Workers For Toronto Transit Are First to Take Random Drug Testing

For years the management of the Toronto Transit Commission have been promoting random drug testing for the workers. This month the TTC board granted them permission to do so.

“At this stage there is lots of details that we need to work out,” said Karen Stintz the TTC chair. “We need to work out how often employees get tested. What happens after they receive a test. What happens with a positive test. What those costs are and how we’re going to phase that in.”

This will be the very first transit operation in Canada to drug tests it workers to ensure the safety of the riders.

“Riders can have the knowledge that we have random drug and alcohol testing at the commission and we’re doing all we can to have a safe operating environment – and that operators are fit for duty when they show up to work,” said Stintz.

The final doubt came on August 30th when a mishap occurred and Jadranka Petrova, 43, was killed. The driver, William Ainsworth a 51-year old , who is charged with criminal negligence causing death and marijuana possession.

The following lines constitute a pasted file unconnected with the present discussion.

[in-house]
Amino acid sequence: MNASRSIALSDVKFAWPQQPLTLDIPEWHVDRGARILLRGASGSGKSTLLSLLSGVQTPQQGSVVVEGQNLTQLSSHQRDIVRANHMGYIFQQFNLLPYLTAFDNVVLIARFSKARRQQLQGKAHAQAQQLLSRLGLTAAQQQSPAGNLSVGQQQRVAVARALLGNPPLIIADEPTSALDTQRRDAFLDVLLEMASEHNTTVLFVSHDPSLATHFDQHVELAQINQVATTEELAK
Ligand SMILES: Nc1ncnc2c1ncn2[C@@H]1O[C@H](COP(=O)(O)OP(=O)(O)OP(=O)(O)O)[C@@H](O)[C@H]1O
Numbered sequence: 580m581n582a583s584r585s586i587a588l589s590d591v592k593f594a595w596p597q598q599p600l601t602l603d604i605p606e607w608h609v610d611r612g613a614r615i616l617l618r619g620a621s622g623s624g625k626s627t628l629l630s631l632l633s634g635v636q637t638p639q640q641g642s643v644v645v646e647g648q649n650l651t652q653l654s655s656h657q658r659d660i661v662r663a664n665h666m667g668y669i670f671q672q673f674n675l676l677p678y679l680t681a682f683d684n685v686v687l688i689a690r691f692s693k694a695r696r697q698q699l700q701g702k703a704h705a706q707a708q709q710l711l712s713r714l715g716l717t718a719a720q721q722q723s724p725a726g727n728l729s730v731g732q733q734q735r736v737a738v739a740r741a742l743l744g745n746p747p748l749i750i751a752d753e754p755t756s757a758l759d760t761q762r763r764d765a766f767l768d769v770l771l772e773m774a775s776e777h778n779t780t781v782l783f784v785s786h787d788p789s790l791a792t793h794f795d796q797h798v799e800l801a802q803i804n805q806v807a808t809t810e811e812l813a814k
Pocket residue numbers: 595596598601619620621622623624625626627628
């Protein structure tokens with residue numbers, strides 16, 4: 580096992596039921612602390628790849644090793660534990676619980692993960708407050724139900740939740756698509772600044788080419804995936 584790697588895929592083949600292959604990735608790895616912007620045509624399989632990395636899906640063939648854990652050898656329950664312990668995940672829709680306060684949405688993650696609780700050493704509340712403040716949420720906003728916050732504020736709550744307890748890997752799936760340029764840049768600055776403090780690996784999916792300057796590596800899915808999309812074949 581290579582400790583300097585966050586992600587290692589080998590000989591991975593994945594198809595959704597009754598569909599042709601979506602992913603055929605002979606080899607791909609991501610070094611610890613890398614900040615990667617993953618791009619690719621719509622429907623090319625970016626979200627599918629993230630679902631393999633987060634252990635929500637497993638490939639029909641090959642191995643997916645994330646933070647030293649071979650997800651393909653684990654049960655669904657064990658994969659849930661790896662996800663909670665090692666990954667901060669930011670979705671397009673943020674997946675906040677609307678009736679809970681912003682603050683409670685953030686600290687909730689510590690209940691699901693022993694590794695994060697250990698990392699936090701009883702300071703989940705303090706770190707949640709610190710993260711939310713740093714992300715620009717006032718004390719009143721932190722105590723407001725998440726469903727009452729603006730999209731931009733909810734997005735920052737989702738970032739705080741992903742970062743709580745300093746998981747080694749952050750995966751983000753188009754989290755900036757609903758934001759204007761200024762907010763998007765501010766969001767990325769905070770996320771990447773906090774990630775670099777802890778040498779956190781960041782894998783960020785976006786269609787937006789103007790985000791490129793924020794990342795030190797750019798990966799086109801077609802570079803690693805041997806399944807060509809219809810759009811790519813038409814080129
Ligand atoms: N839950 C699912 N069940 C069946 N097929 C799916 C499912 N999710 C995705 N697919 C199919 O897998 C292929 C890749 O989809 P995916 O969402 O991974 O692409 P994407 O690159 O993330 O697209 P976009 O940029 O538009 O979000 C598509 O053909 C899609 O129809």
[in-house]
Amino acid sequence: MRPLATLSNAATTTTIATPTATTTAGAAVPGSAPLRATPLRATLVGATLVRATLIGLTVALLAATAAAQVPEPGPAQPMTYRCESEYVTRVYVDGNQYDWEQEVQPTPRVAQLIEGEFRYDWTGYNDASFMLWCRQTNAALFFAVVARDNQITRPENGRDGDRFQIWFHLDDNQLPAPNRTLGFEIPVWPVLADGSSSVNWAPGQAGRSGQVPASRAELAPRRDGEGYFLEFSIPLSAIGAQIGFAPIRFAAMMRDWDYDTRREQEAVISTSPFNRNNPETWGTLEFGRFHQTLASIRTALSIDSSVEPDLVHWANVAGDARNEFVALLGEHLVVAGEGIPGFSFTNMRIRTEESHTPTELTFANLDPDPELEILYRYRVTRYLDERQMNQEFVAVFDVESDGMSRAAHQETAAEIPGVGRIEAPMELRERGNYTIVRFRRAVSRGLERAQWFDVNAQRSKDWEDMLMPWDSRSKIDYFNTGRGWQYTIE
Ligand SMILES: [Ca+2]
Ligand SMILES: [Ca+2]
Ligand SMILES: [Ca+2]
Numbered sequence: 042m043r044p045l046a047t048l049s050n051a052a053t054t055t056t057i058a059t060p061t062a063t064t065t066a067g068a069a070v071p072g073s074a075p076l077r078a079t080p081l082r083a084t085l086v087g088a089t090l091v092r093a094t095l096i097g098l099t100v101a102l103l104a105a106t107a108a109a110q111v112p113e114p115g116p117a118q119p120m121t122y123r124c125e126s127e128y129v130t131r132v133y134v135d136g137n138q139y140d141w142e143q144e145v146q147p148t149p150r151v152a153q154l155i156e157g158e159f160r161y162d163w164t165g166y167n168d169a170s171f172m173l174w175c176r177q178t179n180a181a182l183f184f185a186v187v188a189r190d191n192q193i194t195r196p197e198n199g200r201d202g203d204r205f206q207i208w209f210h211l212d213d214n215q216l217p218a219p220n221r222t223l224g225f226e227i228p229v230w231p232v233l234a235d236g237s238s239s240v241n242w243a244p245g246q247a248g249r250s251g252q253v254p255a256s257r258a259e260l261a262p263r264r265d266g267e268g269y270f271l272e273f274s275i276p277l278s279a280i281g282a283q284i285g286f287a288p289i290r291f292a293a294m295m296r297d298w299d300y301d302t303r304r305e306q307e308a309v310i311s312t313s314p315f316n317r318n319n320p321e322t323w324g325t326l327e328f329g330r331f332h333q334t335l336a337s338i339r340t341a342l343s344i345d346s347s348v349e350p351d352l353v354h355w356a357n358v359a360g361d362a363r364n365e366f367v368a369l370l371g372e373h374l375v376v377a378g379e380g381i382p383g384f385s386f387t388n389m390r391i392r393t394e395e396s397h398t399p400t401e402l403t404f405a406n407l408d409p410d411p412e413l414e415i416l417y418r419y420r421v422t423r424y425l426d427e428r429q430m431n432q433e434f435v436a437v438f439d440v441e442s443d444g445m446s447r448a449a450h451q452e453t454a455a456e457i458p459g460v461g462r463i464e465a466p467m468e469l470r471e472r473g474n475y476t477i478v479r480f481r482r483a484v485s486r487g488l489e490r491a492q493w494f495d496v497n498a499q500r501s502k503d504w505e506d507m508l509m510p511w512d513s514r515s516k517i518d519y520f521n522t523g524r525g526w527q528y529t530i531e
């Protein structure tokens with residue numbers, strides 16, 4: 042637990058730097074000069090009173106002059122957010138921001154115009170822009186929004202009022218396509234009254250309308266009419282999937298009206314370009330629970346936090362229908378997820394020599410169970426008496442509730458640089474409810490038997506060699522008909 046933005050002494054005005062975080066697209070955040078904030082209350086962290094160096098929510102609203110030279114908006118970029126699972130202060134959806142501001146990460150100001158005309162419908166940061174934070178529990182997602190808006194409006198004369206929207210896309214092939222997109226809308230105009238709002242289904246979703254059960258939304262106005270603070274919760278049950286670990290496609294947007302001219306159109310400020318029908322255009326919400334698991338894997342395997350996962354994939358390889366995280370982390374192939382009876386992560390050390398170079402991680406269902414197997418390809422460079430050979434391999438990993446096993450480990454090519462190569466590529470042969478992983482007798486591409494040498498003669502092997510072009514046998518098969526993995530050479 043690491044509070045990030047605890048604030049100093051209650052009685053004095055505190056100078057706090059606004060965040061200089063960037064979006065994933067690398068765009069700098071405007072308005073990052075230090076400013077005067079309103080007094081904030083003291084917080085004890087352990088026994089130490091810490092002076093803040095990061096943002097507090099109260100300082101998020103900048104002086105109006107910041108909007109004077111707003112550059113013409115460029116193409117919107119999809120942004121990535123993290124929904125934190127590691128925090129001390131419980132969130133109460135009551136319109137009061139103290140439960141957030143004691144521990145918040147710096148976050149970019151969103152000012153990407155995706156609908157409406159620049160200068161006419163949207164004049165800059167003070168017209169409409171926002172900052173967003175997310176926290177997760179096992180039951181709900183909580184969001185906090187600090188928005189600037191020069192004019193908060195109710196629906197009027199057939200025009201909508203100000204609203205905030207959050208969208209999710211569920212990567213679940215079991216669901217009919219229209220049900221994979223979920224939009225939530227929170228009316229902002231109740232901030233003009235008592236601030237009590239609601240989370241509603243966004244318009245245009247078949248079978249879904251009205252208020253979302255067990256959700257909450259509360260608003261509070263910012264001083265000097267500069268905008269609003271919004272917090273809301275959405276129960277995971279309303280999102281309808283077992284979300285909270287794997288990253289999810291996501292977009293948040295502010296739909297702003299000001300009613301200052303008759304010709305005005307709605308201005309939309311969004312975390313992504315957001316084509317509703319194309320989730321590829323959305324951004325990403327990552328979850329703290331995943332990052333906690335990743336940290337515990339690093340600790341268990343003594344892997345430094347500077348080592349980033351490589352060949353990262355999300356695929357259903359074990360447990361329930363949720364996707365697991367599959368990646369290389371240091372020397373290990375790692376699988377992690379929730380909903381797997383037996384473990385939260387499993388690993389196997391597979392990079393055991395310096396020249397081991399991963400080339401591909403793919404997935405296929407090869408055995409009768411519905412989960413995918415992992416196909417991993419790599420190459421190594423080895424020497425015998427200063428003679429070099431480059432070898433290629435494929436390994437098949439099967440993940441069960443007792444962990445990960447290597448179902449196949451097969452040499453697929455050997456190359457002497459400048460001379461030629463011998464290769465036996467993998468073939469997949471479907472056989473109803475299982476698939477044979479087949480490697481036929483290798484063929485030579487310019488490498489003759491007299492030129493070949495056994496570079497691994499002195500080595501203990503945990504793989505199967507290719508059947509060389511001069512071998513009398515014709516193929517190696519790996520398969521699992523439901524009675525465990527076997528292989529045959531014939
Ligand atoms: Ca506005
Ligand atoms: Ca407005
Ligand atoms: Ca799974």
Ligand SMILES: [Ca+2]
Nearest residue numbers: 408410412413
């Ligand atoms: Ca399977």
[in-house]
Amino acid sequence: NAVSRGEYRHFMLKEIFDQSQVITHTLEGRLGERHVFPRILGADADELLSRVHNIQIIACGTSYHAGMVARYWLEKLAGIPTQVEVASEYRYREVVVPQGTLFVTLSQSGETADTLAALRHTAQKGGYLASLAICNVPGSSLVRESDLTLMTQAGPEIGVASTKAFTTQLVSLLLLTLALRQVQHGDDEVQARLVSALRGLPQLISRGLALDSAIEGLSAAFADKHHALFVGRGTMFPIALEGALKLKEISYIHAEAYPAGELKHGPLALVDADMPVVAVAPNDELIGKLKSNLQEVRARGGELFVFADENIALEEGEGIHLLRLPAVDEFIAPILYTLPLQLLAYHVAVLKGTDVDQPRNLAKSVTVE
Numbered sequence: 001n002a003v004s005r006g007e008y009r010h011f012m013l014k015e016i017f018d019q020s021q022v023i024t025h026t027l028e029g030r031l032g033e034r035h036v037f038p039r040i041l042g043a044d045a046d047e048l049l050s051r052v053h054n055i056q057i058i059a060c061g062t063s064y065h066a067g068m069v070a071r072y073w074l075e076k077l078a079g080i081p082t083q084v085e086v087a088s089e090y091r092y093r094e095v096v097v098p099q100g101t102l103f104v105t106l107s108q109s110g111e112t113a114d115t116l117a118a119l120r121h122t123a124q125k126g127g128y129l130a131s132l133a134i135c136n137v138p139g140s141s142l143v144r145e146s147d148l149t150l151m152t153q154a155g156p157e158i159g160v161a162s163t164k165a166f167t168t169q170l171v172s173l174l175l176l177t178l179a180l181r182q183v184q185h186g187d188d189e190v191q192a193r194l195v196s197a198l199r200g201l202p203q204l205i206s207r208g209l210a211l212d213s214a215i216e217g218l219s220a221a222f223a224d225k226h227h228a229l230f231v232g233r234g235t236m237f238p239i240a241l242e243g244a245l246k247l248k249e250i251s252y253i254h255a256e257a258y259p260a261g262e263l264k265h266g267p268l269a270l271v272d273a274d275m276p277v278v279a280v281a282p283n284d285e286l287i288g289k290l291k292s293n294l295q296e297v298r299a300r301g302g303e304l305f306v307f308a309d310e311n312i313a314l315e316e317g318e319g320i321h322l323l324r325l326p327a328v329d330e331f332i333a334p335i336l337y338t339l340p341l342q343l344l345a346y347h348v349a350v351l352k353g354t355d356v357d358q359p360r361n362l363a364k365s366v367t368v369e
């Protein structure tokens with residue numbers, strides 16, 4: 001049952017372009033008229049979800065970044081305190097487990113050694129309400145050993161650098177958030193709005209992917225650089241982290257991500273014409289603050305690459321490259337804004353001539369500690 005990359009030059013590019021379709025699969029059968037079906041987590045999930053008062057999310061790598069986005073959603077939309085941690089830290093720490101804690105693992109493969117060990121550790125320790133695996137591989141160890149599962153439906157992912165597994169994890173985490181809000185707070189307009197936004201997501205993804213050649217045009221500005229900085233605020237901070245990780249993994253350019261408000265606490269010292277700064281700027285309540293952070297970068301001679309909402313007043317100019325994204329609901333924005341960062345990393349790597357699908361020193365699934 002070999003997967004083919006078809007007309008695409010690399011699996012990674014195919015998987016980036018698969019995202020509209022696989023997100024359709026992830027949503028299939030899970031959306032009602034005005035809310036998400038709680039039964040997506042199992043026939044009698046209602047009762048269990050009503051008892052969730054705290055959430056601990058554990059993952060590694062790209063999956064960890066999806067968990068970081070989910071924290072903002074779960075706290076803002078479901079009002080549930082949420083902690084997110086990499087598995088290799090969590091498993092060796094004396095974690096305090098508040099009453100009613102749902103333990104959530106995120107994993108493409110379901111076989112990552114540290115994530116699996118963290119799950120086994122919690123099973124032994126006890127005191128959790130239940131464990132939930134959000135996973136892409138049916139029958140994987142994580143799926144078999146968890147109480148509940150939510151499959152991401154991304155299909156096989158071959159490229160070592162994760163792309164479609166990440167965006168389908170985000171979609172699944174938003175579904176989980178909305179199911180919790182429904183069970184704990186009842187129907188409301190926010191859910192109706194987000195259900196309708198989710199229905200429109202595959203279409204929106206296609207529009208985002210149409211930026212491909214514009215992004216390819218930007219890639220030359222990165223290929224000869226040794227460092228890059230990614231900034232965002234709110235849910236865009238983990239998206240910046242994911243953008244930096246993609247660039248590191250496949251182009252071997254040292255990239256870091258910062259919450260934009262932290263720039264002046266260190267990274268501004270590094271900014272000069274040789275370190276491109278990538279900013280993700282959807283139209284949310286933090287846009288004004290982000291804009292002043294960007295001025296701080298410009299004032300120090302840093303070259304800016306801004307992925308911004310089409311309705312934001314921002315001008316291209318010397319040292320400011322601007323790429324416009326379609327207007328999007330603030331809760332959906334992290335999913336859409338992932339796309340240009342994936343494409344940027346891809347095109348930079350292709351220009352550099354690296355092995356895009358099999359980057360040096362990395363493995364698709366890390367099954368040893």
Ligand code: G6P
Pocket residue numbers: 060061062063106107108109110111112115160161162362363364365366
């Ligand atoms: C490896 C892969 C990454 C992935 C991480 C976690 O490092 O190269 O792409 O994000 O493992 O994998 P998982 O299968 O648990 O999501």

The TTC stated that since 2005 there have been a minimal amount of 78 incidents with employees abusing drugs and alcohol, although it is not clear if all of these incidents happened while on the job.

“We can tell you there have been ongoing incidents since 2008 and that based on the results of those we believe that our ‘fit for duty policy’ should — and can be — strengthened,” said Stintz.

The president of the Amalgamated Transit Union Local 113, Bob Kinnear, who speaks for most of the TTC worker’s stated the new policy is “a violation of our Charter rights.” He says a legal challenge is guaranteed. He also stated that the union supports drug testing but says mouth swab drug tests are invasive.

“These tests in no way, shape, or form, determine impairment at the time — and that’s what we are all trying to alleviate,” he proclaimed.

 

 

 

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